"what is the reasoning behind that statement?"

studies in other wavebands are necessary to prove there is no material in the foreground galaxies causing the lensing....and that it is a result of gravity only.

*****************************************

here's an example

http://antwrp.gsfc.nasa.gov/apod/ap021111.html

Gerbil94
2005-Nov-23, 12:49 PM
Anybody knows which is the greatest Einstein radius known? Perhaps some of these new discovered Einstein rings can break the record

You can find a reasonably up-to-date list of individual galaxy lenses at the CASTLES website, here (http://www.cfa.harvard.edu/castles/). The largest listed there has an Einstein radius of roughly 8 arcseconds, and was discovered in the SDSS.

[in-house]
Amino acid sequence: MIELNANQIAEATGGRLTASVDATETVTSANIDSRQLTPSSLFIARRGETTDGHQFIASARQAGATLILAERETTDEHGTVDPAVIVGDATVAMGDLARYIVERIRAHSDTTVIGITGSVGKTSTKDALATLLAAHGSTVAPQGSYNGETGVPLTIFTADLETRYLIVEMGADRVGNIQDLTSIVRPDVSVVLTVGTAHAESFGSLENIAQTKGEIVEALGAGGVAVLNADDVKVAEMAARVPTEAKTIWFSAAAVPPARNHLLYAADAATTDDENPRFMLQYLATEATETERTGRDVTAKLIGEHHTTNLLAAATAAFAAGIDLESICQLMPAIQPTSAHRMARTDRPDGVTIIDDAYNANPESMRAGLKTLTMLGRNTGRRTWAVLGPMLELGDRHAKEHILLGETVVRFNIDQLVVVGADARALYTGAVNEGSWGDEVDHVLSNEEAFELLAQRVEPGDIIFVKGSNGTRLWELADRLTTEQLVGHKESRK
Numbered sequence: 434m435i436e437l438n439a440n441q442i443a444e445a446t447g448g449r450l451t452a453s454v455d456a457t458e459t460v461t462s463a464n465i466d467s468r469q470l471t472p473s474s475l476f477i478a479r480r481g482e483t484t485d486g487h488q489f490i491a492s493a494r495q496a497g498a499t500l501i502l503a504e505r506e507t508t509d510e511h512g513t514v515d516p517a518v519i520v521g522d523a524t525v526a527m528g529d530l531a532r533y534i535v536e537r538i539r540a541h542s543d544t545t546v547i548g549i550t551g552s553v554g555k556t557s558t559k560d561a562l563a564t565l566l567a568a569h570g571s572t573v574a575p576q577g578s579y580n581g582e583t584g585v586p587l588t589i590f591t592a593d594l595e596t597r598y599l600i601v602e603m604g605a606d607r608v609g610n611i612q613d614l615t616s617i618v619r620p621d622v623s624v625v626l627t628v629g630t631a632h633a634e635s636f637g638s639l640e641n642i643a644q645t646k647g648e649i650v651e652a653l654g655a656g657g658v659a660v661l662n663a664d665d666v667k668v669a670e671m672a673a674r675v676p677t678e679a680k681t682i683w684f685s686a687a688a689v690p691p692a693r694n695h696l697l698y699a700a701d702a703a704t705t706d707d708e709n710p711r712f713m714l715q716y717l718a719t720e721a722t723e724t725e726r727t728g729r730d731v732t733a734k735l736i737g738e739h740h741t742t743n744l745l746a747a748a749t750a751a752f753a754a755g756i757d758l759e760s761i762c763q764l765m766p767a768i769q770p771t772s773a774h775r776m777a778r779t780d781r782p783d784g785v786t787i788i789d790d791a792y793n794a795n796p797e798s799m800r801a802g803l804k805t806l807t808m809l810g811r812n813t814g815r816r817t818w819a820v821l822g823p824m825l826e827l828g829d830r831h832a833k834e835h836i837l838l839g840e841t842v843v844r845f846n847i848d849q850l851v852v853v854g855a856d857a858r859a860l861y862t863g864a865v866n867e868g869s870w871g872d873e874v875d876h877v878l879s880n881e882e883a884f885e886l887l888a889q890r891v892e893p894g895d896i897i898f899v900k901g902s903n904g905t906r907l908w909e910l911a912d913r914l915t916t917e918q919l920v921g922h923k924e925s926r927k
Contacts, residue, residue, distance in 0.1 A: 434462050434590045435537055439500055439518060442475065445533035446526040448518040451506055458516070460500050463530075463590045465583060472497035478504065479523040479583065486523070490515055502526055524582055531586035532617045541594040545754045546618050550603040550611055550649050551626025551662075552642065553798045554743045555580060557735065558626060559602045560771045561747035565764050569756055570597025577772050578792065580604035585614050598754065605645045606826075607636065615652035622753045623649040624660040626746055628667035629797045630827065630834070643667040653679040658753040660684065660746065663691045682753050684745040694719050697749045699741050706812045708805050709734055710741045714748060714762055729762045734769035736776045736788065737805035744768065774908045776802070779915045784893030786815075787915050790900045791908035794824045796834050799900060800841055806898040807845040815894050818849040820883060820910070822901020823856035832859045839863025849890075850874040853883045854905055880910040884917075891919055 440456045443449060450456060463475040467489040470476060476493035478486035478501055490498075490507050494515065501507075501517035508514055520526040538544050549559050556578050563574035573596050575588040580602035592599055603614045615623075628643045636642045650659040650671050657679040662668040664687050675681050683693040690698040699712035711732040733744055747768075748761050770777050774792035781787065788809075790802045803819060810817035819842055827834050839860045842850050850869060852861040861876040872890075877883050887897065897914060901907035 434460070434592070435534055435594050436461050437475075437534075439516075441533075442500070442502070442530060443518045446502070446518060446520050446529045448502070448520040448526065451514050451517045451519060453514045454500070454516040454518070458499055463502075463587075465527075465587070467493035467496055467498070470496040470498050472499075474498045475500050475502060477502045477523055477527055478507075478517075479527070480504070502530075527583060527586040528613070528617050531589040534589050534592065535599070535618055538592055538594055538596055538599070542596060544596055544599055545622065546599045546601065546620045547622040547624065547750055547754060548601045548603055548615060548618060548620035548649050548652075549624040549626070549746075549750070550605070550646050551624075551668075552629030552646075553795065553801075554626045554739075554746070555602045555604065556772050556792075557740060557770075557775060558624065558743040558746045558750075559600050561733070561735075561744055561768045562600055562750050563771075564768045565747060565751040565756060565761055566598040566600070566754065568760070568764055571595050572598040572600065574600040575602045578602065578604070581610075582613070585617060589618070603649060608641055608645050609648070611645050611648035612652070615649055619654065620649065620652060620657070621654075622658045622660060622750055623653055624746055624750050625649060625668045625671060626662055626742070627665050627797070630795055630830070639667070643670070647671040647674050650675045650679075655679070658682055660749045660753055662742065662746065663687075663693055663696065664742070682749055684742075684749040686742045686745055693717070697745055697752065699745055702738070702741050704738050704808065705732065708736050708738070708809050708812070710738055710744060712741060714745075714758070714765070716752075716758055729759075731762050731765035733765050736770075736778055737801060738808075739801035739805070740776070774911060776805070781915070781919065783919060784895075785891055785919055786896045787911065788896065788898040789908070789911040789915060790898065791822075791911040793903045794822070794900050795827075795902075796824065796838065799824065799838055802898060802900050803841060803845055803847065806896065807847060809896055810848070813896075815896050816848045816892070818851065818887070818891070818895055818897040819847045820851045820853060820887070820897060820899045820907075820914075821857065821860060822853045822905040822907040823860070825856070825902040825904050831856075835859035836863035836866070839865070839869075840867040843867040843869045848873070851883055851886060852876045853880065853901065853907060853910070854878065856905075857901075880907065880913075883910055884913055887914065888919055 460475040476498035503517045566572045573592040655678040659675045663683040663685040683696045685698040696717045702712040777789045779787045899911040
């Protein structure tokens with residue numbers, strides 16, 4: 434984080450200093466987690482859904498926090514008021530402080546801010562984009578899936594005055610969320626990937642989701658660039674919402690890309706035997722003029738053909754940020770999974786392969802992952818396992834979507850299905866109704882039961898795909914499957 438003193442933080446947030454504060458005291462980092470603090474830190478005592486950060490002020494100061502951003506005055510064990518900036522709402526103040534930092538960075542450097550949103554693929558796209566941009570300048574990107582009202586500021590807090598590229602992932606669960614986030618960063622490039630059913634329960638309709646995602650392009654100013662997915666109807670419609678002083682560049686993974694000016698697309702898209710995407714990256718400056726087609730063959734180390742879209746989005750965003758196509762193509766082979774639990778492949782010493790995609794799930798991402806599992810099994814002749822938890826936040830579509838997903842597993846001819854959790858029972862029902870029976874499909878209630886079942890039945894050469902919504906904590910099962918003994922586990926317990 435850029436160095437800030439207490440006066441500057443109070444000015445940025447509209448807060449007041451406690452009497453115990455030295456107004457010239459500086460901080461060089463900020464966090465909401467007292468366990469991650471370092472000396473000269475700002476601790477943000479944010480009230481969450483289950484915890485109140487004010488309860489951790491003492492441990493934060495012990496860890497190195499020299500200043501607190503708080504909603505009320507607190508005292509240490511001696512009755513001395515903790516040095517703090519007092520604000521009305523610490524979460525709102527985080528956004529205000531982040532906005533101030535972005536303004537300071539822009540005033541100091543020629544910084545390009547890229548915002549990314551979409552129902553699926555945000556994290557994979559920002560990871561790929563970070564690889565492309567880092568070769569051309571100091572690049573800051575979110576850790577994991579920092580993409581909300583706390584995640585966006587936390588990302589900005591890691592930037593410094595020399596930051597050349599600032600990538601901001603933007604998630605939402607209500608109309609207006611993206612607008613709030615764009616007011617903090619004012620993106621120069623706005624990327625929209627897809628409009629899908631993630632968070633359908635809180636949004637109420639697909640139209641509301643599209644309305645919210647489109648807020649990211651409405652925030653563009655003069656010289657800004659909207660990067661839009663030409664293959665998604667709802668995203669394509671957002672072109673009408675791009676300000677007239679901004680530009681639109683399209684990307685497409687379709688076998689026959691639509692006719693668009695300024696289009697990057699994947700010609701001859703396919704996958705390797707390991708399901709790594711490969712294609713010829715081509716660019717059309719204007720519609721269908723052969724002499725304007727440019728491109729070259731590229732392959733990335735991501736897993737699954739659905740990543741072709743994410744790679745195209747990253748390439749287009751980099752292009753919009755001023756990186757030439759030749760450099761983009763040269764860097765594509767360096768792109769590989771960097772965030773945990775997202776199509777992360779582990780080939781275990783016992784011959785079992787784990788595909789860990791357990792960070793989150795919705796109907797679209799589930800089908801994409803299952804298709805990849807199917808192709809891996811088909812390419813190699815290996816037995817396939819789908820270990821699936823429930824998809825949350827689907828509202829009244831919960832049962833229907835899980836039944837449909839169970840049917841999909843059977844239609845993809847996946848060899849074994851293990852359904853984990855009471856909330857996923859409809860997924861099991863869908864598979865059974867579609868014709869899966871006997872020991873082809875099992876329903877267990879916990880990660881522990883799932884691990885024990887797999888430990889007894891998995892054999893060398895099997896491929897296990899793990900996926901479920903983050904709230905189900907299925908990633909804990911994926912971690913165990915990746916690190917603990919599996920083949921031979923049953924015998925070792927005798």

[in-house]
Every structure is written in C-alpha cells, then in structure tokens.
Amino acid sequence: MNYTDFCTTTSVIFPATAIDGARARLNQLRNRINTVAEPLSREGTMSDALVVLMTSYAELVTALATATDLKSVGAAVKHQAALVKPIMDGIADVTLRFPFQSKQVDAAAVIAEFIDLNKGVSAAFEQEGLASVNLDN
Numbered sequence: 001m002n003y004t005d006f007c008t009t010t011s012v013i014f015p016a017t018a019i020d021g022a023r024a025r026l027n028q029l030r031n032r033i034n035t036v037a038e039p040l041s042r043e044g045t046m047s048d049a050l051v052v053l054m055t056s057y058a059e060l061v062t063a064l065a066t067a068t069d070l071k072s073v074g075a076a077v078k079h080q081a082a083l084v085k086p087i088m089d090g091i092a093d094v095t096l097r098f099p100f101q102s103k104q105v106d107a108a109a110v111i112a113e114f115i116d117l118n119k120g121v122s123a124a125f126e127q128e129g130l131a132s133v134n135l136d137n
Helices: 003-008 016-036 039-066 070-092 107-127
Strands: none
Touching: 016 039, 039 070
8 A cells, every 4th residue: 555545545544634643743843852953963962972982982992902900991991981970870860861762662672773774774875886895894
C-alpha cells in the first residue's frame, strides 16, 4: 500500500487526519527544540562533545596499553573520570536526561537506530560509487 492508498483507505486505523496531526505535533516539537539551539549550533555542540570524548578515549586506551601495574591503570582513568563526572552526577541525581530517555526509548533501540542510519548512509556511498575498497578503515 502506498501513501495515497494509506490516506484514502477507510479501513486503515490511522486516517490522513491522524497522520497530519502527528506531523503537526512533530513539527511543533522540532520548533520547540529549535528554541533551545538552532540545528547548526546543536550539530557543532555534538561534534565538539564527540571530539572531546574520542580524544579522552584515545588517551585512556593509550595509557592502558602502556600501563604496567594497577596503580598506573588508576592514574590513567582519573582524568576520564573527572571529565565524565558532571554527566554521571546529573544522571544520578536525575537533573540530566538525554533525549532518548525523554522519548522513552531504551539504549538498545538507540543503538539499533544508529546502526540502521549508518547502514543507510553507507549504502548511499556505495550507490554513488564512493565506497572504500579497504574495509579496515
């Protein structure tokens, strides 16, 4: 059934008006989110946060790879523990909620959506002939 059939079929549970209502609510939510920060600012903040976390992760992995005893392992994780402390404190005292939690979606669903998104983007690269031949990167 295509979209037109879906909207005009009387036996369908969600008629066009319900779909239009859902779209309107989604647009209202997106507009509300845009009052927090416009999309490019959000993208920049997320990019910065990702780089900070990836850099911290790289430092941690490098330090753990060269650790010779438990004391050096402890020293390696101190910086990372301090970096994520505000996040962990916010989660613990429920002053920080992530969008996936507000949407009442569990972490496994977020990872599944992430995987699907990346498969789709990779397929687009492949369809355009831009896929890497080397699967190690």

Cluster lenses have much larger Einstein radii, on the order of arcminutes.

Blob
2006-Jul-25, 07:57 AM
Title: A Time Delay for the Largest Gravitationally Lensed Quasar: SDSS J1004+4112
Authors: J. Fohlmeister (1), C. S. Kochanek (2), E. E. Falco (3), J. Wambsganss (1), N. Morgan (2), C. W. Morgan (2 and 4), E. O. Ofek (5), D. Maoz (6), C. R. Keeton (7), J. C. Barentine (8), G. Dalton (9), J. Dembicky (8), W. Ketzeback (8), R. McMillan (8), C.S. Peters (10) ((1) Zentrum fur Astronomie der Universitat Heidelberg, (2) Department of Astronomy, Ohio State University, (3) Smithsonian Astrophysical Observatory, (4) Department of Physics, United States Naval Academy, (5) California Institute of Technology, (6) School of Physics and Astronomy and the Wise Observatory, (7) Department of Physics & Astronomy, Rutgers University, (8) Apache Point Observatory, (9) Department of Physics, University of Oxford, (10) Department of Physics and Astronomy, Dartmouth College)